There is growing interest in older grains (e.g. spelt, emmer, einkorn) and ‘heritage’ varieties which might address these problems. Patrick Shirreff farmed at Mungoswells in East Lothian at a time when local self-sufficiency in food grains, so long taken for granted, was starting to be eroded by imports of hard wheat from Russia and North America. Shirreff’s varieties may have some of the qualities of local adaptation, resilience, breadmaking quality, nutritional density and digestibility that are needed to feed healthy people in future.
Agriculture and food processing account for 18-20% of UK annual greenhouse gas emissions, so reducing the distance between field and plate, and limiting the use of fossil fuel-dependent inputs and the energy intensity of processing all make sense as part of a joined-up carbon reduction strategy.
Growing more of our own bread wheat would contribute to food sovereignty in an unpredictable global marketplace and, depending on how it is done, could bring meaningful jobs back home too.
Above all, the soaring cost – both personal and financial – of diet-related ill health in Scotland makes creative action urgent. If people, especially those on modest incomes and with limited capacity (including the old and the very young), are to be better nourished, exhortation from health authorities is not enough: there has to be an accessible and affordable supply of appropriate food.
We need ‘fair trade’ arrangements between farmers, millers and bakers to ensure equitable rewards and honest prices that also allow for the variability of the weather and thus of grain quality. Local bakeries, rooted in their communities, can supply fresh, properly fermented bread to nearby customers, conserving nutritional value without recourse to the synthetic additives that are deemed essential for long-distance loaves.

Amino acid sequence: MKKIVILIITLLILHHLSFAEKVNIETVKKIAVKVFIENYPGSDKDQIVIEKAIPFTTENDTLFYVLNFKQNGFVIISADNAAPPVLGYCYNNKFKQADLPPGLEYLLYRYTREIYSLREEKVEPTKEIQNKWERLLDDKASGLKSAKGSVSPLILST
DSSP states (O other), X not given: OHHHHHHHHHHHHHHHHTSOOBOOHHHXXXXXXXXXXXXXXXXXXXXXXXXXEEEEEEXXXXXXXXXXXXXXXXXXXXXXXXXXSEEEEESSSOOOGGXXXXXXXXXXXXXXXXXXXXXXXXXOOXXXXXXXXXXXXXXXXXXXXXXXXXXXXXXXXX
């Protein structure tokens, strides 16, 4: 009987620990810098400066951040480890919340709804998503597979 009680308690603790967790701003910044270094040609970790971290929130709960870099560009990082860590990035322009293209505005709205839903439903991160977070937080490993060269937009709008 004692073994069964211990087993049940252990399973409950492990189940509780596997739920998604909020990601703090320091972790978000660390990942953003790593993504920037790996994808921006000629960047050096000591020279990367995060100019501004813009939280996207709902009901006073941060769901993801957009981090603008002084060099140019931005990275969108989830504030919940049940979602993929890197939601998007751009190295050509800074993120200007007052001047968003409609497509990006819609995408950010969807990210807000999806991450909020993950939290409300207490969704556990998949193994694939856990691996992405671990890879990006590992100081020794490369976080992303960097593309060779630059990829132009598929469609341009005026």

What is the project going to do?
Scotland The Bread aims to engage the creative energies of people throughout the food chain in participatory research and collective action to produce better home-grown flour and bread. We’re convening a group of interested people from all parts of the food system, from plant breeders to public health nutritionists. We’ve started on the ground by bulking up very small samples of old Scottish wheats to see what contribution they might make to developing new crosses, mixtures or landraces. We want to engage the best breeders and build on modern research, learning, for instance, from recent work in Nordic countries with similar climatic challenges to Scotland’s.
As new candidate varieties appear we will define, with broad participation, new standards for the nutritional density and digestibility of Scottish breadmaking wheat, including the transmission of these characteristics through the milling and baking stages. Other grains that Scotland grows well – barley, oats and rye – will be part of the mix.
And when the flour starts flowing, we will help develop new trading structures that address the social and environmental irresponsibility of globalisation. Perhaps if we each knew who it is in our locality who grows the grain, mills the flour and kneads the dough that becomes our daily bread, we’d be better nourished - in every sense.